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Invasive Species Resources

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Virginia Native Plant Society.
Fairfax County Park Authority (Virginia).
University of Kentucky. Cooperative Extension Service.
Virginia Department of Conservation and Recreation. Natural Heritage Program.
Idaho Department of Agriculture.
Includes Statewide EDRR List, Statewide Control List, and Statewide Containment List
Idaho Department of Agriculture.
Includes Statewide EDRR List, Statewide Control List, and Statewide Containment List
Idaho Department of Fish and Game.
Anyone who will launch a boat in Idaho waters must buy an Idaho Invasive Species Fund sticker from Idaho Parks and Recreation, The fees generated from the sale of these stickers will fund vessel inspections, washing stations, and informational materials that will help Idaho prevent the introduction of aquatic invasive species, such as quagga mussels.
Idaho Department of Agriculture.
University of Arkansas. Cooperative Extension Service.
See also: Forest Invasive Pests for more resources
University of Kentucky. College of Agriculture, Food, and Environment. Entomology.
University of Kentucky. College of Agriculture.
University of Kentucky. College of Agriculture. Entomology.
Officials with the Office of the State Entomologist in the University of Kentucky Entomology Department on May 22, 2009 announced two confirmed occurrences in Kentucky of emerald ash borer, an invasive insect pest of ash trees. These are the first findings of this destructive insect in the state.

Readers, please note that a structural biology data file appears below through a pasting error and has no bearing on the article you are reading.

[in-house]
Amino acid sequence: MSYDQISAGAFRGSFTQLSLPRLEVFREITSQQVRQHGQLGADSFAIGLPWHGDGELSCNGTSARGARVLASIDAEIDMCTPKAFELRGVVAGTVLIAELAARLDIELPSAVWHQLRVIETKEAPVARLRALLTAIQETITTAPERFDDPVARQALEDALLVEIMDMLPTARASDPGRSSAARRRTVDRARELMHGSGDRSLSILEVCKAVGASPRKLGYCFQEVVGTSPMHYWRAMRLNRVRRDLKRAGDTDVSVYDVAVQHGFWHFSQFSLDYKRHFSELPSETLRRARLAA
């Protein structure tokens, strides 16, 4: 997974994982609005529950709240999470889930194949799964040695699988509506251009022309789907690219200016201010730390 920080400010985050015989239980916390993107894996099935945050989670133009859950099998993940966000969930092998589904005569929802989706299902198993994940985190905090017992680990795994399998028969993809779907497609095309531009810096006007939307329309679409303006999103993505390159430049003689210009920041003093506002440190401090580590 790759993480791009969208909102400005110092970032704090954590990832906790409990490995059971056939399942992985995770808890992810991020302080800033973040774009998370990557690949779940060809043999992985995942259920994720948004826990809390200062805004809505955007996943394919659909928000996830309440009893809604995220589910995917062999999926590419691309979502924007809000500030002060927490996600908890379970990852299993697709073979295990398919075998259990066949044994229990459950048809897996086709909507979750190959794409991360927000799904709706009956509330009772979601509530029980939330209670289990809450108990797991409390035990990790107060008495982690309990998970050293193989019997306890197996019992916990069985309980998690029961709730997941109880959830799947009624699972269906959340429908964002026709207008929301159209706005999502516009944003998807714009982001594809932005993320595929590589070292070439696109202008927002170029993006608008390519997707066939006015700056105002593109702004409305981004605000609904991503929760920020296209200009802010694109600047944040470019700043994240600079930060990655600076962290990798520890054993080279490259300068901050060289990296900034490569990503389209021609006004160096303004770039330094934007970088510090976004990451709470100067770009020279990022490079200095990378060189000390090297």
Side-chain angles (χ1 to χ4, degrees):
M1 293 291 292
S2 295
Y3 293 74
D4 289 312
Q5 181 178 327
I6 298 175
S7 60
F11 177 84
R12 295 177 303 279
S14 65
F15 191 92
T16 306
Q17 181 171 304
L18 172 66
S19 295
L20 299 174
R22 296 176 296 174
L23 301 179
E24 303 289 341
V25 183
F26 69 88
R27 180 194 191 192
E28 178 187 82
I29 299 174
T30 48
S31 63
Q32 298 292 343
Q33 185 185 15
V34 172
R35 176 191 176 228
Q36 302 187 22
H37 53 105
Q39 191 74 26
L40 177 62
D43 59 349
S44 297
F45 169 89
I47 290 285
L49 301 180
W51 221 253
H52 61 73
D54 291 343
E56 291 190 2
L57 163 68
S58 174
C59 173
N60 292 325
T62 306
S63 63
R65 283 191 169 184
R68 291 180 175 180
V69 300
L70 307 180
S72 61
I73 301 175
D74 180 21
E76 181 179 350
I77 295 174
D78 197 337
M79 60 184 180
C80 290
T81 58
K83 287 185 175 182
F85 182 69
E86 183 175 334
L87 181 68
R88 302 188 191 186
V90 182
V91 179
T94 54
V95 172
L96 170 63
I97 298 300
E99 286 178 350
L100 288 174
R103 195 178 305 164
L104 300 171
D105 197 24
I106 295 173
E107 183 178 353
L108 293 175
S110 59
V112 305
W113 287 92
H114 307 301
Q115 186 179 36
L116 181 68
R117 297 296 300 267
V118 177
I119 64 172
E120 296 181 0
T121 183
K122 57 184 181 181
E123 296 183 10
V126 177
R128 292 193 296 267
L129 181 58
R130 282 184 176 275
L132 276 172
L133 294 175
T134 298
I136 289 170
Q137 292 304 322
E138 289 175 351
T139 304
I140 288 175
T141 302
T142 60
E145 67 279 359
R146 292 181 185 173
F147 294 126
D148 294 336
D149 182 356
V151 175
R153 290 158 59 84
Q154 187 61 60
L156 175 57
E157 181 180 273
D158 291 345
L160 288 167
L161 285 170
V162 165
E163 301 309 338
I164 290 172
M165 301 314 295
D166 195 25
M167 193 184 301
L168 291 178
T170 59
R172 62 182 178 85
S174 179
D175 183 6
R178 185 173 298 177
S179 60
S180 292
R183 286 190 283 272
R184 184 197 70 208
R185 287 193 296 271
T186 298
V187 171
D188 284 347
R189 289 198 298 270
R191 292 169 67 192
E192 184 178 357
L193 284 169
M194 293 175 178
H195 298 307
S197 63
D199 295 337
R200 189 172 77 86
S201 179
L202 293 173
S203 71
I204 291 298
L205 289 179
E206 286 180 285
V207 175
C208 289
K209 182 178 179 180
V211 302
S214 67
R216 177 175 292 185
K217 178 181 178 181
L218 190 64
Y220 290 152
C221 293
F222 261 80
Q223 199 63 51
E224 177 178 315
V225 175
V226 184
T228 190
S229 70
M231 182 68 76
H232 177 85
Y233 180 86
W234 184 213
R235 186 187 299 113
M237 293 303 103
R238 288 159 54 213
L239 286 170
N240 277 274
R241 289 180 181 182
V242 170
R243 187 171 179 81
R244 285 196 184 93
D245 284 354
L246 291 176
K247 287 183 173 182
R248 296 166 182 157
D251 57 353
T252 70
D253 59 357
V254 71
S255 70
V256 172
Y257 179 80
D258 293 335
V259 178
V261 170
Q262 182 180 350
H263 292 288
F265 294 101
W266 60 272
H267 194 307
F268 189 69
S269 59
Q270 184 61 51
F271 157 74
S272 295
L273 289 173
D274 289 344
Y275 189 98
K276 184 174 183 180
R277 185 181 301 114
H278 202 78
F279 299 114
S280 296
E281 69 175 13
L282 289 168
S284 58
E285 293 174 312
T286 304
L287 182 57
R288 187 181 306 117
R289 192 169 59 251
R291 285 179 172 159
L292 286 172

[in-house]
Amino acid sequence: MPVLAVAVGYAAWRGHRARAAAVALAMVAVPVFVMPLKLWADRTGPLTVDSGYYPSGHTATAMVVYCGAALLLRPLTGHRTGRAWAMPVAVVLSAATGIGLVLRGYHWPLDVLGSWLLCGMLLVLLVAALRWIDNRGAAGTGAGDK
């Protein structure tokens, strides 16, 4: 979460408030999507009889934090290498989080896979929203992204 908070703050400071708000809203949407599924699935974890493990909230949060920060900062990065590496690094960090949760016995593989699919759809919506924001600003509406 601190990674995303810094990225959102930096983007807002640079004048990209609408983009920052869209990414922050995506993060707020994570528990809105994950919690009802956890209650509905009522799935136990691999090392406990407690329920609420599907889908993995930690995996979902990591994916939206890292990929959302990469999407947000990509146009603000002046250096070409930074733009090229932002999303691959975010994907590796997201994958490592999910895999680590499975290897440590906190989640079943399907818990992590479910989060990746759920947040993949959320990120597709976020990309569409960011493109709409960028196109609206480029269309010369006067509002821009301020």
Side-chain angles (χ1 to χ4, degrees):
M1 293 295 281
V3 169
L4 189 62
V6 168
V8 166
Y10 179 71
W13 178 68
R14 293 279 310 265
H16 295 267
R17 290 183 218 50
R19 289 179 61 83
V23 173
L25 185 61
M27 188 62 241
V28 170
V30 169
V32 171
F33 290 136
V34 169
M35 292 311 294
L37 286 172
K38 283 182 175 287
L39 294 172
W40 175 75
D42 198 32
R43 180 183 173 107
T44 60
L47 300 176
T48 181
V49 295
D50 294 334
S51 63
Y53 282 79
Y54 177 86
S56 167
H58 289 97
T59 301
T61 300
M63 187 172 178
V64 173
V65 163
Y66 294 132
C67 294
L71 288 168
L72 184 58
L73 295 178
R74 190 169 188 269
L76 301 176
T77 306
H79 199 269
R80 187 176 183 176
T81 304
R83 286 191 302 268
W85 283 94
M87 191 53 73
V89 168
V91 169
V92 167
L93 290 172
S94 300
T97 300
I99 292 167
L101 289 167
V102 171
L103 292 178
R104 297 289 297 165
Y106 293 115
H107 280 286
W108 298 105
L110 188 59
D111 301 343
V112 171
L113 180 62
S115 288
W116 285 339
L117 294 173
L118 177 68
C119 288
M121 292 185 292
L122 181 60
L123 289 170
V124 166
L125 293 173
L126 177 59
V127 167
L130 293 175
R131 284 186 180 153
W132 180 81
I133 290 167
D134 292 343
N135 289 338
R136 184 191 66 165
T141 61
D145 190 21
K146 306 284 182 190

Southeast Exotic Pest Plant Council.
Kentucky Exotic Pest Plant Council.
University of Kentucky. College of Agriculture. Division of Regulatory Services.
University of Arkansas. Cooperative Extension Service.
See also: Arkansas Invasive Pests for more factsheets
Virginia Tech; Virginia State University. Virginia Cooperative Extension.
University of Arkansas. Cooperative Extension Service.
See also: Arkansas Invasive Pests for more factsheets
Virginia Tech; Virginia State University. Virginia Cooperative Extension.
See also: Resources for Agricultural Insects Pests for more factsheets
Virginia Department of Agriculture and Consumer Services.
In May of 2018, the National Veterinary Services Laboratory in Ames, Iowa confirmed the finding of the Haemaphysalis longicornis tick (otherwise known as the East Asian or Longhorned tick) in Virginia. It was previously unknown in the state, but since then has been detected in 24 counties, mostly in the western part of the state. "The tiny tick can appear on cows, horses and other livestock," said State Veterinarian Dr. Charles Broaddus. "In addition to being a nuisance, they also can be a health risk, especially to newborn or young animals." If you believe you have found the Longhorned tick, notify your local office of the Cooperative Extension Service.